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Right Arrow WRVS present 44,000 for heart scanner appeal
10 May 2011 at 13:58
The charity WRVS has given £44,000 towards Southport and Ormskirk Hospital NHS Trust Heart Scanner Appeal.

The donation is an accumulation of profits from the WRVS shop at Southport hospital.

The presentation of a cheque for £41,000 – later topped up with a further £3,000 – was made by shop volunteers to Jonathan Parry, Chief Executive of the Trust.

Sue Collins, WRVS interim Head of Services for the North West, said: “We’re absolutely delighted to be able to hand over such a significant amount to a really worthwhile cause. We would like to say a massive thank you to all the volunteers and staff who make the shop so successful.”

Mr Parry added: “We are extremely grateful for both this very generous contribution to the scanner appeal and the sterling work the WRVS and their volunteers perform at each of our hospitals.
“Everyone who has made this donation possible – from the patients and visitors who use the shops to the volunteers who make their operation possible – can be sure, that once acquired, the scanner will be of enormous benefit to patients for years to come.”

Issued by Tony Ellis, marketing and communications manager
Southport and Ormskirk Hospital NHS Trust

Telephone 01704 704494

Notes for editors

1. A state-of-the-art 3D heart scanner is one of two hi-tech echocardiogram machines worth £160,000 that the Trust hopes to acquire.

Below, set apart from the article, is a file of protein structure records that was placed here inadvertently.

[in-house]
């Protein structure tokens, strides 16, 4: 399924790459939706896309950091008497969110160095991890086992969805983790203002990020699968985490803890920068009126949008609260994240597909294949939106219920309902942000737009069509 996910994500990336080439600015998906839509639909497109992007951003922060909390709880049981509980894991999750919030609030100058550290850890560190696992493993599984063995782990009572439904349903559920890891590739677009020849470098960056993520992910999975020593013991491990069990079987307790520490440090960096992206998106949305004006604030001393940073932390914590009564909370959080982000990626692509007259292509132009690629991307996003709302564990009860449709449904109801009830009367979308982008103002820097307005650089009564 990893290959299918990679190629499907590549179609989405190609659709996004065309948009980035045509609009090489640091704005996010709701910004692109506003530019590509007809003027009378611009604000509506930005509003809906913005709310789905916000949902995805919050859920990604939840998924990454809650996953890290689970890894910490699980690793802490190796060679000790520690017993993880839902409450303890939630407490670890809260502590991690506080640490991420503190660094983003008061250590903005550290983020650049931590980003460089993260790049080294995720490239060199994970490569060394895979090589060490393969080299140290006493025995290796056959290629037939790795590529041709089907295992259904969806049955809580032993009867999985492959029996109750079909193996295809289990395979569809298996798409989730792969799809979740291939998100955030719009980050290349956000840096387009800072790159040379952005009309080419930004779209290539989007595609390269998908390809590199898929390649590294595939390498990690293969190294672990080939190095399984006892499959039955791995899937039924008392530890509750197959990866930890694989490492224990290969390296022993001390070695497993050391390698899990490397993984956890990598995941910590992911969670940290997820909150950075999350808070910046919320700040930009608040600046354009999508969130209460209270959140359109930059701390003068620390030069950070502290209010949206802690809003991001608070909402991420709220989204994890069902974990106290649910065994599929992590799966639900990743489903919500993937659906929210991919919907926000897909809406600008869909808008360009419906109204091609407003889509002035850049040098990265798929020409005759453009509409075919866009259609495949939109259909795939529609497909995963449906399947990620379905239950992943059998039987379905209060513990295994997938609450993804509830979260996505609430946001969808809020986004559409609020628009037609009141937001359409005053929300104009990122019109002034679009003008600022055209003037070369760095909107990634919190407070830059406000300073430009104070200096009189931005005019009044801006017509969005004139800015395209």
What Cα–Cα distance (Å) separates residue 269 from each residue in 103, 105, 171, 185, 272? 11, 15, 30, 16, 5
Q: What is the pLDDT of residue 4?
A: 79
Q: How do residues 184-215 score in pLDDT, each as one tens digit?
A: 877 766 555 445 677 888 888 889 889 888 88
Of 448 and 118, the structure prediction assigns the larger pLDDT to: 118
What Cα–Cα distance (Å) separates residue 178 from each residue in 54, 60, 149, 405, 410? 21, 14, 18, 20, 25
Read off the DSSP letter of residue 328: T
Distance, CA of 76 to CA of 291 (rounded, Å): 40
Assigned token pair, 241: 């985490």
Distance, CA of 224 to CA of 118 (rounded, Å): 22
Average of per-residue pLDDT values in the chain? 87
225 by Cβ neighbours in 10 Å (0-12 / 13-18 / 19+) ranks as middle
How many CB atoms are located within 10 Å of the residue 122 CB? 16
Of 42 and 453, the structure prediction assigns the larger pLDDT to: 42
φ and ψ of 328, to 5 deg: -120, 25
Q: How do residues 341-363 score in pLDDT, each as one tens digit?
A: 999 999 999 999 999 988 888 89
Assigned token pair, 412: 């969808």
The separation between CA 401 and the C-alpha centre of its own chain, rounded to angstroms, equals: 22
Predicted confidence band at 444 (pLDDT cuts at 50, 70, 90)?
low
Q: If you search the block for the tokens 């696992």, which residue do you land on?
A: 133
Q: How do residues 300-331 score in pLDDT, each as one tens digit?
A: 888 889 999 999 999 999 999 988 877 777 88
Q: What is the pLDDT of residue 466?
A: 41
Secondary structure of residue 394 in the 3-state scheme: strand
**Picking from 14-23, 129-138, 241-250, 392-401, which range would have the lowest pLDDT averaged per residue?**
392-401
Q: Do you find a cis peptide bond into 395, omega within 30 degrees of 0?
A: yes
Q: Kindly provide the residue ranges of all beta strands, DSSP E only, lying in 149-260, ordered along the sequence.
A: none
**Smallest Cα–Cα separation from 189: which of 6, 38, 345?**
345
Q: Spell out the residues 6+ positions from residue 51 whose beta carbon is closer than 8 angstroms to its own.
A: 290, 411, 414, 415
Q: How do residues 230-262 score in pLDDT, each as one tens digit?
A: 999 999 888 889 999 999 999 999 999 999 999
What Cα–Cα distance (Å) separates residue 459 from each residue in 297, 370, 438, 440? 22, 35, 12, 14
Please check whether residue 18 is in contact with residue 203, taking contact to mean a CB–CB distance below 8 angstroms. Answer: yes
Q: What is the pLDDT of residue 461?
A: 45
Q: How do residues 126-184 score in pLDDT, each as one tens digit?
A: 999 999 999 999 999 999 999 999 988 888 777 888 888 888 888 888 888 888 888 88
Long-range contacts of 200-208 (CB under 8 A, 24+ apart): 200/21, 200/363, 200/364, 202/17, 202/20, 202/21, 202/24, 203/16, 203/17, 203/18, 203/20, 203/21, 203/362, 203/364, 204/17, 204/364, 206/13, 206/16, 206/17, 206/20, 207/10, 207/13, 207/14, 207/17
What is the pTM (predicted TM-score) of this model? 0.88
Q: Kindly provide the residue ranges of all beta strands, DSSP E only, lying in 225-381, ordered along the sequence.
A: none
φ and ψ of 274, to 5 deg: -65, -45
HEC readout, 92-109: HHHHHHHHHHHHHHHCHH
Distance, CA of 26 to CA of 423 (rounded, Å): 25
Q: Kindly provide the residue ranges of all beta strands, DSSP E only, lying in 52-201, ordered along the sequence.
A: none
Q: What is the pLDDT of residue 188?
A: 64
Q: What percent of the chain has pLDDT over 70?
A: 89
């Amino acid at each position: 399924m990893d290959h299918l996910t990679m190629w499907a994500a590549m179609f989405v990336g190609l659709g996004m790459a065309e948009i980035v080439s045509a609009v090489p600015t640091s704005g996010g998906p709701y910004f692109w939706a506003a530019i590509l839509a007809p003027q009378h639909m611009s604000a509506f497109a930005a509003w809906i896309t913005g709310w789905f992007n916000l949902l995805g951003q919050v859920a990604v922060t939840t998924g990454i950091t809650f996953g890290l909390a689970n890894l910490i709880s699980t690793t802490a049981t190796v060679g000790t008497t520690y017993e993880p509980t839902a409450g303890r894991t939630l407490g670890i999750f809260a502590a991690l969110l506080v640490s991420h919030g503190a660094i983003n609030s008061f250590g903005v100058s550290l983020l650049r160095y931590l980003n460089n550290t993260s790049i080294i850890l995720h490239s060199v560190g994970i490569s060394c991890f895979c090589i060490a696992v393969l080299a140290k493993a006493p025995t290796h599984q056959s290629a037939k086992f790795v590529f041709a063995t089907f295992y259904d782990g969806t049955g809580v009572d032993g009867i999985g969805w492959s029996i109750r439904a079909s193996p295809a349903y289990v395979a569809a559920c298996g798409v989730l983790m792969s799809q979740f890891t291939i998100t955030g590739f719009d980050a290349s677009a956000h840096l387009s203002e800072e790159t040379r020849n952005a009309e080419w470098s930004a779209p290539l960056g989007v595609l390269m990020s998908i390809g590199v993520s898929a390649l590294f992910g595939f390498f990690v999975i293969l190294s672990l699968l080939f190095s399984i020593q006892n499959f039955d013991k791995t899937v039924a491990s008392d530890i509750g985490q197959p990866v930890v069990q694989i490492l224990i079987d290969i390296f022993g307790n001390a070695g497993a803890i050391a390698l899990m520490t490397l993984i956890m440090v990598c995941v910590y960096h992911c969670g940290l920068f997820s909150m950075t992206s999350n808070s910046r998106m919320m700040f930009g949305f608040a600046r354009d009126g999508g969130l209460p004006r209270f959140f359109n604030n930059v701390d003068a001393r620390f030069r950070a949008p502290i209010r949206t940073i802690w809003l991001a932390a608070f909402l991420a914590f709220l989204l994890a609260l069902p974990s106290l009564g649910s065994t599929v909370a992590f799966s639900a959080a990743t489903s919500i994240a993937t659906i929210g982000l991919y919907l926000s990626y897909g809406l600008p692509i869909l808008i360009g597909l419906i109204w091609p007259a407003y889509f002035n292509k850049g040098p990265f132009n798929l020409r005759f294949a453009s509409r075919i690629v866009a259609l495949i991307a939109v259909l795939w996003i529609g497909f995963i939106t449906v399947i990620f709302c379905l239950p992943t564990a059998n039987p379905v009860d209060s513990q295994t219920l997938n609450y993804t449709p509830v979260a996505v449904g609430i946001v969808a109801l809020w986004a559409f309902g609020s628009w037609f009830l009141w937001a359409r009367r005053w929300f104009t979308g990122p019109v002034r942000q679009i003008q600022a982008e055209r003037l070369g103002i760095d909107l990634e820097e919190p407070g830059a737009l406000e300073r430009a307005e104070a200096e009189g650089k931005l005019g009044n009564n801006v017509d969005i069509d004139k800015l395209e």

Echocardiograms, or heart scans, use ultrasound to show an image of the heart in a similar way to how pictures of babies in the womb are produced.

The technique can show how well the heart is pumping, measure blood flow and detect abnormalities, such as signs of impending heart attack, leaky valves and congenital heart disease.

The 3D scanner produces high-definition images of the heart and would be used for patients referred to the cardiology department at Southport.

The outstanding quality of the images would mean patients being examined in more detail than is currently possible and would also save patients from the discomfort of an alternative procedure that is both intrusive and uncomfortable.

A second machine, a portable heart scanner, will be shared with the high dependency and intensive care units, as well as the accident and emergency department, which currently have no direct access to one.

Being portable, it will help doctors diagnose potentially life-threatening conditions more quickly.

2. The pictures show Chief Executive Jonathan Parry receiving the cheque in the WRVS shop at Southport and Formby District General Hospital.